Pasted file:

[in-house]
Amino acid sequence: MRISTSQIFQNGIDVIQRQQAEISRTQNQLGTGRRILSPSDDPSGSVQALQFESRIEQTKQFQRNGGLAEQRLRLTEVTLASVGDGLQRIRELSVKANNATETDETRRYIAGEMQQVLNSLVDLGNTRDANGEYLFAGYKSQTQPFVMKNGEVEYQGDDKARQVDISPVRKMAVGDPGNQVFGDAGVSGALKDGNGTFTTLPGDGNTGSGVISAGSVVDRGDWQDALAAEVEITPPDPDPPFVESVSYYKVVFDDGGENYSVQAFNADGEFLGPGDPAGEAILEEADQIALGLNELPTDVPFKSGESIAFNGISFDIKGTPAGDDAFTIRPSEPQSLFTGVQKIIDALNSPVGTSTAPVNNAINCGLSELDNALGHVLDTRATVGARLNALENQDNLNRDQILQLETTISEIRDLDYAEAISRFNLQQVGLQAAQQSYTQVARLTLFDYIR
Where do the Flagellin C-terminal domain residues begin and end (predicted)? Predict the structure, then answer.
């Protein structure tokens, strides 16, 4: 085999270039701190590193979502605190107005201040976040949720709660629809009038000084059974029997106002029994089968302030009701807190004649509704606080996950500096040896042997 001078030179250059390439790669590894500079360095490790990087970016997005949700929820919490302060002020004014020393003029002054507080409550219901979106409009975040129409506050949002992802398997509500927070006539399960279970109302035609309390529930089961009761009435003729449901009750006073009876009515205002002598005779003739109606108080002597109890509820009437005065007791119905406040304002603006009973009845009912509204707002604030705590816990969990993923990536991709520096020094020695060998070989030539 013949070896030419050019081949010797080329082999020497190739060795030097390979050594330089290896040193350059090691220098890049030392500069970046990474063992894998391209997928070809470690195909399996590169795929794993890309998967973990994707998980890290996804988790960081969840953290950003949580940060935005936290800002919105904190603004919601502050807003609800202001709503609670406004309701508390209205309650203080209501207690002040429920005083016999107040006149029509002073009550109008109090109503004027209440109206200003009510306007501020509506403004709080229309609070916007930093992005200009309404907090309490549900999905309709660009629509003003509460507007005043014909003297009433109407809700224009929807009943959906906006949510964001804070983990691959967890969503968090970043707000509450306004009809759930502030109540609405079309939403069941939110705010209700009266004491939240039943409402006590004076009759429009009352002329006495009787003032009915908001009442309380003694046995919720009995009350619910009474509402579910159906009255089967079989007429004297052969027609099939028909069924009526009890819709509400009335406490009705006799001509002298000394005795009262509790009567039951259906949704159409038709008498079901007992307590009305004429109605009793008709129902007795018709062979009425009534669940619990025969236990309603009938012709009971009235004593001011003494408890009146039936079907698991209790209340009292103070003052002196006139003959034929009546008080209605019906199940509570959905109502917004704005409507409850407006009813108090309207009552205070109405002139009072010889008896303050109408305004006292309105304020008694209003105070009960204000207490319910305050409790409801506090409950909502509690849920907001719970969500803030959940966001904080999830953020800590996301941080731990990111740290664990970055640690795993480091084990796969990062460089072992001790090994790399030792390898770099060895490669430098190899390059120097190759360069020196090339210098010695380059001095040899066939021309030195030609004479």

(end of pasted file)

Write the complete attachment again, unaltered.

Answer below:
[in-house]
Amino acid sequence: MRISTSQIFQNGIDVIQRQQAEISRTQNQLGTGRRILSPSDDPSGSVQALQFESRIEQTKQFQRNGGLAEQRLRLTEVTLASVGDGLQRIRELSVKANNATETDETRRYIAGEMQQVLNSLVDLGNTRDANGEYLFAGYKSQTQPFVMKNGEVEYQGDDKARQVDISPVRKMAVGDPGNQVFGDAGVSGALKDGNGTFTTLPGDGNTGSGVISAGSVVDRGDWQDALAAEVEITPPDPDPPFVESVSYYKVVFDDGGENYSVQAFNADGEFLGPGDPAGEAILEEADQIALGLNELPTDVPFKSGESIAFNGISFDIKGTPAGDDAFTIRPSEPQSLFTGVQKIIDALNSPVGTSTAPVNNAINCGLSELDNALGHVLDTRATVGARLNALENQDNLNRDQILQLETTISEIRDLDYAEAISRFNLQQVGLQAAQQSYTQVARLTLFDYIR
Where do the Flagellin C-terminal domain residues begin and end (predicted)? Predict the structure, then answer.
């Protein structure tokens, strides 16, 4: 085999270039701190590193979502605190107005201040976040949720709660629809009038000084059974029997106002029994089968302030009701807190004649509704606080996950500096040896042997 001078030179250059390439790669590894500079360095490790990087970016997005949700929820919490302060002020004014020393003029002054507080409550219901979106409009975040129409506050949002992802398997509500927070006539399960279970109302035609309390529930089961009761009435003729449901009750006073009876009515205002002598005779003739109606108080002597109890509820009437005065007791119905406040304002603006009973009845009912509204707002604030705590816990969990993923990536991709520096020094020695060998070989030539 013949070896030419050019081949010797080329082999020497190739060795030097390979050594330089290896040193350059090691220098890049030392500069970046990474063992894998391209997928070809470690195909399996590169795929794993890309998967973990994707998980890290996804988790960081969840953290950003949580940060935005936290800002919105904190603004919601502050807003609800202001709503609670406004309701508390209205309650203080209501207690002040429920005083016999107040006149029509002073009550109008109090109503004027209440109206200003009510306007501020509506403004709080229309609070916007930093992005200009309404907090309490549900999905309709660009629509003003509460507007005043014909003297009433109407809700224009929807009943959906906006949510964001804070983990691959967890969503968090970043707000509450306004009809759930502030109540609405079309939403069941939110705010209700009266004491939240039943409402006590004076009759429009009352002329006495009787003032009915908001009442309380003694046995919720009995009350619910009474509402579910159906009255089967079989007429004297052969027609099939028909069924009526009890819709509400009335406490009705006799001509002298000394005795009262509790009567039951259906949704159409038709008498079901007992307590009305004429109605009793008709129902007795018709062979009425009534669940619990025969236990309603009938012709009971009235004593001011003494408890009146039936079907698991209790209340009292103070003052002196006139003959034929009546008080209605019906199940509570959905109502917004704005409507409850407006009813108090309207009552205070109405002139009072010889008896303050109408305004006292309105304020008694209003105070009960204000207490319910305050409790409801506090409950909502509690849920907001719970969500803030959940966001904080999830953020800590996301941080731990990111740290664990970055640690795993480091084990796969990062460089072992001790090994790399030792390898770099060895490669430098190899390059120097190759360069020196090339210098010695380059001095040899066939021309030195030609004479």